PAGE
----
In 2019, we sold approximately 100,000 products in plastic bottles. Numerous data shows that about 8% of these bottles are recycled back to other forms of plastic. That meant that we were responsible for adding 92000 additional plastic bottles to the incinerators or landfills, where the carbon-rich material takes centuries to decompose.
That was both mindboggling and disturbing. After all, Nature’s Baby prides itself of making safe, natural/organic, plant-based and non-toxic baby products and yet our business was adding a considerable amount of toxins back to the environment.
Something had to be done, so we looked for alternative packaging that could fit the following criteria; 1) sustainable and recyclable, 2) practical, 3) economically feasible and 4) readily available.
Glass would have been an obvious choice, but since we primarily make baby bath items, breakage hazards did not make it an ideal packaging material for our products. Also, being much heavier than both plastic and aluminum, the environmental cost of transporting glass bottles are much higher as compared to its lightweight counterparts.
Recylced plastic bottles are becoming a trend. There are made fully and/or partially of recycled plastic and are much better alternatives to other forms of plastics, however, constraints in the supply chain (market availability issues) combined with the fact that the end-product is still plastic, made us ignore recycled plastic.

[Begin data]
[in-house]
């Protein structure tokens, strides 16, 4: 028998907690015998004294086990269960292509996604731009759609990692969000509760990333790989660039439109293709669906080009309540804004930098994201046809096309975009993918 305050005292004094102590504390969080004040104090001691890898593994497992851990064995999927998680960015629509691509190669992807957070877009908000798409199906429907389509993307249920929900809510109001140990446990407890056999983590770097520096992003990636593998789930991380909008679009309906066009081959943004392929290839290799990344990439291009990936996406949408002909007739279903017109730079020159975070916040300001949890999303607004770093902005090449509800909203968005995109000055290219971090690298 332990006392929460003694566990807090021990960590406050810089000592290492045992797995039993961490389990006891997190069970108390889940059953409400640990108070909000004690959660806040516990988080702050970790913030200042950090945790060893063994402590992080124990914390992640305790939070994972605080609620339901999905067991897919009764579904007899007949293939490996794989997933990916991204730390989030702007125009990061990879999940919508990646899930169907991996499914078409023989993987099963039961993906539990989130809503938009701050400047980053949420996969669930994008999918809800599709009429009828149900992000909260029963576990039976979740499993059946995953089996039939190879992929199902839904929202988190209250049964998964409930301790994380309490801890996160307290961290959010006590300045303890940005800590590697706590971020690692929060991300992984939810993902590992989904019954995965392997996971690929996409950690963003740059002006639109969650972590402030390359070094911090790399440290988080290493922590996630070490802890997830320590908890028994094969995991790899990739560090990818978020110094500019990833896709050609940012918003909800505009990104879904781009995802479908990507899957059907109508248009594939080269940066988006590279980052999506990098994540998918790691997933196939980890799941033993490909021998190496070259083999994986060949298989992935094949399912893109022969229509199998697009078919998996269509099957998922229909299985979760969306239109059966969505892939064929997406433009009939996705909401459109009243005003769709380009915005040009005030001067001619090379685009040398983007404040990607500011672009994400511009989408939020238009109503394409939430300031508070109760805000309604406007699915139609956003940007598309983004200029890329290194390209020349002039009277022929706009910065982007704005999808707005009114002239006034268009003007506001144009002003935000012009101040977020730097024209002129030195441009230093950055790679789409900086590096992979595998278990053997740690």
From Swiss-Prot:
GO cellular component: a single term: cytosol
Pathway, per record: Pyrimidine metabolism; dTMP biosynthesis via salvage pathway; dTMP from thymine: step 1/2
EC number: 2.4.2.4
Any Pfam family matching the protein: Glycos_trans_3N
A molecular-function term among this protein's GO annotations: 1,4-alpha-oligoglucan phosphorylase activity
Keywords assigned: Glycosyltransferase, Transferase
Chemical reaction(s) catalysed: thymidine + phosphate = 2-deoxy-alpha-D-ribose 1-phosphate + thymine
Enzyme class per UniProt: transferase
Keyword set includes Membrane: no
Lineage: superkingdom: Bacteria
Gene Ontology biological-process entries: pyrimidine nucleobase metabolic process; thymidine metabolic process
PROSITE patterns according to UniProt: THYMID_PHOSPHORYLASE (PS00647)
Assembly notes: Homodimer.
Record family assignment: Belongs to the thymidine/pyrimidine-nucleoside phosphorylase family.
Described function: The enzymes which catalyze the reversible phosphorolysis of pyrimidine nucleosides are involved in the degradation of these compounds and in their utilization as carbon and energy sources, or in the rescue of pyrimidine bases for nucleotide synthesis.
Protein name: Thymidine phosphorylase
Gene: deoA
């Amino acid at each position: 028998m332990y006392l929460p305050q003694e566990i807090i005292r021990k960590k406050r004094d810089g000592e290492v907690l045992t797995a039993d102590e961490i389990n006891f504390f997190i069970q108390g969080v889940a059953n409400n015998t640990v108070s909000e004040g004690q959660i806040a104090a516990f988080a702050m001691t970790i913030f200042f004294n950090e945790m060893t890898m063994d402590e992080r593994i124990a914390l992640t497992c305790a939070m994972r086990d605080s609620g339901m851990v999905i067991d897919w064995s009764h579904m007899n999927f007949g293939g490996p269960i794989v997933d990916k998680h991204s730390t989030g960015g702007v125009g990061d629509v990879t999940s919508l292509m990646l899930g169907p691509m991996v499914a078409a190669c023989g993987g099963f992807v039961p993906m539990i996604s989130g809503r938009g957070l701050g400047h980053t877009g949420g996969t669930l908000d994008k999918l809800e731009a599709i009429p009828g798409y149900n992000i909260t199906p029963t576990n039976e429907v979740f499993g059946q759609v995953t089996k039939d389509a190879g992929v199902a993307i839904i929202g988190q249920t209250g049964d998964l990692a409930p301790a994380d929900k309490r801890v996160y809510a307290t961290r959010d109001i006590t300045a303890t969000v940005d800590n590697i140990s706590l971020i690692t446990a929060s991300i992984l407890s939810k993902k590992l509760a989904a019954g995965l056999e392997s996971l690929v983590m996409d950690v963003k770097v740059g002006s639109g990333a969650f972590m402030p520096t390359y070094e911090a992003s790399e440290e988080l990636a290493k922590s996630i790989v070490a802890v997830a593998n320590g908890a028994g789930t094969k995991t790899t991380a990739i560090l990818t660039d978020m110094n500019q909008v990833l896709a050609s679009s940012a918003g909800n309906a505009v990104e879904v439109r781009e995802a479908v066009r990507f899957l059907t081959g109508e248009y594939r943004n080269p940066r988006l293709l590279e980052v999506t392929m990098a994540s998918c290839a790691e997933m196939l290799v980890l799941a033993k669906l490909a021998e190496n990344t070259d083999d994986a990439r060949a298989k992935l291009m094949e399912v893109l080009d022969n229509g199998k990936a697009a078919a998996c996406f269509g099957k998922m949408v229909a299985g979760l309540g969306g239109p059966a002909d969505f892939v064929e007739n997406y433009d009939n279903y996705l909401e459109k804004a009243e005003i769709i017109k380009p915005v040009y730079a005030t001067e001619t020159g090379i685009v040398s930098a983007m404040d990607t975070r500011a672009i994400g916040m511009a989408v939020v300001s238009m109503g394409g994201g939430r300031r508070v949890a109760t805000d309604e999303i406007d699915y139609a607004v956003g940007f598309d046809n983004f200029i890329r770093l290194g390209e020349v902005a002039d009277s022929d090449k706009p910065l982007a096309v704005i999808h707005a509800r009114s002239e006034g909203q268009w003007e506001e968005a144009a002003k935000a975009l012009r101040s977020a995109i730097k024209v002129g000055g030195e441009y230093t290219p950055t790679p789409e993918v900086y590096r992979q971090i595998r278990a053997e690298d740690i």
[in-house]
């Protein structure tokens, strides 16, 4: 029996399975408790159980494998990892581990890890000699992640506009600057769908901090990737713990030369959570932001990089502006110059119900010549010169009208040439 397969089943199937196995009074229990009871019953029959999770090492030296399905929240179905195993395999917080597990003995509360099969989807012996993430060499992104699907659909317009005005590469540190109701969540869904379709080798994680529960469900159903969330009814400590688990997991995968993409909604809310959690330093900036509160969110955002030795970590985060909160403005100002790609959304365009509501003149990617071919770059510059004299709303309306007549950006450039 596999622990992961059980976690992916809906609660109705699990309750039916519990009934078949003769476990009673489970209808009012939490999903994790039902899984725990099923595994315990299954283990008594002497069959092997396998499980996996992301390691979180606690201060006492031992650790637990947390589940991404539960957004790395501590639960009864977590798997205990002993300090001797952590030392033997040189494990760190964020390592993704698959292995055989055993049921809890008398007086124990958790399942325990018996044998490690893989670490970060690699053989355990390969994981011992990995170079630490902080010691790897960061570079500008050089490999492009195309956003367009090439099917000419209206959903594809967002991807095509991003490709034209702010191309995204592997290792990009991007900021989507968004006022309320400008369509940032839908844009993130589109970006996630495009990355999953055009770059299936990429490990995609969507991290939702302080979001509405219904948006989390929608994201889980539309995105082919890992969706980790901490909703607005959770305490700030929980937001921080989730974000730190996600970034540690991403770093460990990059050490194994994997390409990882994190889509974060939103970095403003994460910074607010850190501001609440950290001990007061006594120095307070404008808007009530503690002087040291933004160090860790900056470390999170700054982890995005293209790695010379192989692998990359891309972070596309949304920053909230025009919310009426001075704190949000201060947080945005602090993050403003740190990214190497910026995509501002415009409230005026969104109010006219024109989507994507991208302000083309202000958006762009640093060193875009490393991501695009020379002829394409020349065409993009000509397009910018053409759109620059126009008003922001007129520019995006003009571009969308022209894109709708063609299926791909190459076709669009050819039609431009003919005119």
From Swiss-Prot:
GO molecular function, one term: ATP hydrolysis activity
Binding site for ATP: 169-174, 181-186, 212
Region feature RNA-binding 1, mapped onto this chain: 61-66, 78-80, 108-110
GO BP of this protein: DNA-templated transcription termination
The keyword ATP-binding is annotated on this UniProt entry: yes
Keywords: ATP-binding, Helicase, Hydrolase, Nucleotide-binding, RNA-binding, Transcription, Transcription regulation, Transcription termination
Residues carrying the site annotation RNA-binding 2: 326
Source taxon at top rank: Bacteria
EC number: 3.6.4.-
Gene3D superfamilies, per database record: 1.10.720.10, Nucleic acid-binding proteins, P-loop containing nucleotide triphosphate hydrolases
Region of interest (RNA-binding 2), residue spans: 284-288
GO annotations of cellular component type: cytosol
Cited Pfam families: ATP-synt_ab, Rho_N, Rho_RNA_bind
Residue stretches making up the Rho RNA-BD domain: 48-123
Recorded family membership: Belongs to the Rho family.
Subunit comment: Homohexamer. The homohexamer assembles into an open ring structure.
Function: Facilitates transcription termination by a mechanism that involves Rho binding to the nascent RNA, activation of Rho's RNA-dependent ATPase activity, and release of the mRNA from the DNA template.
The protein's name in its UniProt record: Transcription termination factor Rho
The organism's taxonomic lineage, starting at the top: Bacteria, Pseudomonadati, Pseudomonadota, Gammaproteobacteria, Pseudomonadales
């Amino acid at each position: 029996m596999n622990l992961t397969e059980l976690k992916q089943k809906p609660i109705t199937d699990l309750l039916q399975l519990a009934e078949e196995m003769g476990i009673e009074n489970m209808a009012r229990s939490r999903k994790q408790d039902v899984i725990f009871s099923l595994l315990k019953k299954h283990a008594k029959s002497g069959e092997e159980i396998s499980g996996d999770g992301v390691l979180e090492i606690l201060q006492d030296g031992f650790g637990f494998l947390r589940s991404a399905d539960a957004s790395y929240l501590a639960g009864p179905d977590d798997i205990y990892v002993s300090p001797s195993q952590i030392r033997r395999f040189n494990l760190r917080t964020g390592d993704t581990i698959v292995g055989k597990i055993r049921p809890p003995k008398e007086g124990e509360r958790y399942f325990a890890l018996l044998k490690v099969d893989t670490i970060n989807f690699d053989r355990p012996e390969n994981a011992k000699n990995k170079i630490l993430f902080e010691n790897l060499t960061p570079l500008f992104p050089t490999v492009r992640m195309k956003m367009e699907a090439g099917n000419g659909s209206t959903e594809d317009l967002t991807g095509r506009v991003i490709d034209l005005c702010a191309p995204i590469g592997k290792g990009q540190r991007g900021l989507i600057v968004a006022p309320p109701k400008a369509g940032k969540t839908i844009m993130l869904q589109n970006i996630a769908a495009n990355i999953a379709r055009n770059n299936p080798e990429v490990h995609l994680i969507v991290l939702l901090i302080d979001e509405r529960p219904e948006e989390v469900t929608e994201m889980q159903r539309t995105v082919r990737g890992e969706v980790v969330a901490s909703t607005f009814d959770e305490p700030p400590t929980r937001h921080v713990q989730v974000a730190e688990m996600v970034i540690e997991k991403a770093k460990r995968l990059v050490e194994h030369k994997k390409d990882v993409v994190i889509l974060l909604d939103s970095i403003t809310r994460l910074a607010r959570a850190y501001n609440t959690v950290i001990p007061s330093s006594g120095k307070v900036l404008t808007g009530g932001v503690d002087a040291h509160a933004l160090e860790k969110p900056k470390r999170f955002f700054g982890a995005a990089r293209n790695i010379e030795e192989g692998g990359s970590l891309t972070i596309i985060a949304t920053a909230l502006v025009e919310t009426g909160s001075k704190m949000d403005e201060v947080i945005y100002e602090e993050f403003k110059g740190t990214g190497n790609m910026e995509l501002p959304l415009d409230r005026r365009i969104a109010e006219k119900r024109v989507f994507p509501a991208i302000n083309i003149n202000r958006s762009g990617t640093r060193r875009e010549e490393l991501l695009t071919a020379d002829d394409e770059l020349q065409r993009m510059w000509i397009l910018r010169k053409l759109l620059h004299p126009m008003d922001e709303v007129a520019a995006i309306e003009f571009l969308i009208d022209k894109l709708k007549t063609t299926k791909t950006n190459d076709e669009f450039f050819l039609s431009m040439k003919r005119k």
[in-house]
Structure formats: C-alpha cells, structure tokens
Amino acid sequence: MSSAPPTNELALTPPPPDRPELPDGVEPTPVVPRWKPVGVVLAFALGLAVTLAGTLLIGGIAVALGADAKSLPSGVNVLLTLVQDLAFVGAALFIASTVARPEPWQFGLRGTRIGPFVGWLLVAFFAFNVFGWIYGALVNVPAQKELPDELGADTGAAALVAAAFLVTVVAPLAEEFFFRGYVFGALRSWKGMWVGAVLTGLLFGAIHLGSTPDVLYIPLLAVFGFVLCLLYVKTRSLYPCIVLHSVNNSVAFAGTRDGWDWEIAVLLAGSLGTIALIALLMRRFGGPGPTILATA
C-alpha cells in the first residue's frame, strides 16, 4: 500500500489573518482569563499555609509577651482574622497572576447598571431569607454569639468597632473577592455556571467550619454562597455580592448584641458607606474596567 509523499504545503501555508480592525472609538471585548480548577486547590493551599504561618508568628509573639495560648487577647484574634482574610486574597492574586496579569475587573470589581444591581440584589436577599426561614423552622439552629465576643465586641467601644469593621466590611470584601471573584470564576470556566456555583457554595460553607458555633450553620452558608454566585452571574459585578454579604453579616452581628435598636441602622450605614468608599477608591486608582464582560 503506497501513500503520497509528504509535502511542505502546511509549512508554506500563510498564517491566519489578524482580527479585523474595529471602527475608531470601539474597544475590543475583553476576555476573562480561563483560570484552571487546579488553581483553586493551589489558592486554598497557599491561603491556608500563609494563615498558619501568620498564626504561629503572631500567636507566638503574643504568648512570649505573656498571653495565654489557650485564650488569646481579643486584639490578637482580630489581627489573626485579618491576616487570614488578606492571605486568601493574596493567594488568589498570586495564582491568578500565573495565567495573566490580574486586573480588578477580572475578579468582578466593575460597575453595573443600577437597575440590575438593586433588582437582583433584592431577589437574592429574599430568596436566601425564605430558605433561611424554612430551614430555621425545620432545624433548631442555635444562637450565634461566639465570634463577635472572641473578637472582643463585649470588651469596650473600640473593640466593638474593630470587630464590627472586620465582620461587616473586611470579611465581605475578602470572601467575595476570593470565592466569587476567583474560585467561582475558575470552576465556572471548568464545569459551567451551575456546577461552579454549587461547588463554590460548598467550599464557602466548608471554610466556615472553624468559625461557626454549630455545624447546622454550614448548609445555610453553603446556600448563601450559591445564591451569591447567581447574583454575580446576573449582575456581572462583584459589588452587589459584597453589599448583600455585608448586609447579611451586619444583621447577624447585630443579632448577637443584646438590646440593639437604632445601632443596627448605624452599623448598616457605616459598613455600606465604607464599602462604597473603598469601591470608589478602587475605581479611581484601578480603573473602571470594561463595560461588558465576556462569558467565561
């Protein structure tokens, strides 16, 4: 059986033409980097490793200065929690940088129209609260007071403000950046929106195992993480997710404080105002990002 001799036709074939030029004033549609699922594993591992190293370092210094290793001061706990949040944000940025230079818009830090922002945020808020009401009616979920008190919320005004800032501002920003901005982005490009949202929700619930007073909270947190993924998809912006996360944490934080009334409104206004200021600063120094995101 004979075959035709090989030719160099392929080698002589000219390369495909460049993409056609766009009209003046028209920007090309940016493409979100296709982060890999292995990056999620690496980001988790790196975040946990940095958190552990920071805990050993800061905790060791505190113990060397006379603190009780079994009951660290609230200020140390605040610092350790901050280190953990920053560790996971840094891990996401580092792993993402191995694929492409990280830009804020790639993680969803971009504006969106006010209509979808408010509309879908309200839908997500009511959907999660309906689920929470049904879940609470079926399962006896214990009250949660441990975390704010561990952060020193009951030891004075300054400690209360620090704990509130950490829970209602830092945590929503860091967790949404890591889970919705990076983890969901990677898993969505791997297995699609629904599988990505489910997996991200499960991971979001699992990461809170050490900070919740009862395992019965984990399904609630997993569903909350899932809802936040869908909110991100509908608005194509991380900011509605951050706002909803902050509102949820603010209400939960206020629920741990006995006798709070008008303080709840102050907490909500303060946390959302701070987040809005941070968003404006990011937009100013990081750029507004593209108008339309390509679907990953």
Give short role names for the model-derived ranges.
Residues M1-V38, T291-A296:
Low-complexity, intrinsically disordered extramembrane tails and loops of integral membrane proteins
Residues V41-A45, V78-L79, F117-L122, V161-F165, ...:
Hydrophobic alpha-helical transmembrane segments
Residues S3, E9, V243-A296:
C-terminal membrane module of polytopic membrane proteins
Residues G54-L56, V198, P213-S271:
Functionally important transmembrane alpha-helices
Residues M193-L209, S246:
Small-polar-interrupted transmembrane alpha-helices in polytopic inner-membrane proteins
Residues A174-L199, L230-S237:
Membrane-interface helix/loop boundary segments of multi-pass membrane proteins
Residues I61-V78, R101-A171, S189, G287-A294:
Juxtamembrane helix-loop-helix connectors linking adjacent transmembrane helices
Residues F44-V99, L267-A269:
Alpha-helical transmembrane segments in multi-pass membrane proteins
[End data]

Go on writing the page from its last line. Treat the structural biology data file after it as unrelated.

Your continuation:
Paper packaging, typically created with recycled cardboards, have become increasingly popular as they are highly recyclable, non-toxic, and use much less plastic. Other than the inner plastic bags used to contain the liquid, paper packaging had the potential to be the ideal choice to use and that was an option we exhaustively entertained, but in the end, factors such as pricing and market availability made paper packaging impractical.
AND THE WINNER IS…
To us, using aluminum bottles was the best and most sensible choice. Aluminum is light, 100% recyclable, available in large quantities, shatter proof and aesthetically pleasing but also more expensive.
Being completely aware of environmental issues concerning the production of raw aluminum (new aluminum cans are not eco-friendly), the fact that one hundred percent of all aluminum that has ever been produced is still being used in one form or another, combined with ease of recyclability, made our decision clear.
We are continuously searching for safer, less toxic and eco-friendly packaging options. As more sustainable forms of packaging options become available, our goal is to eventually transition all our plastic bottles and components, hopefully sooner than later.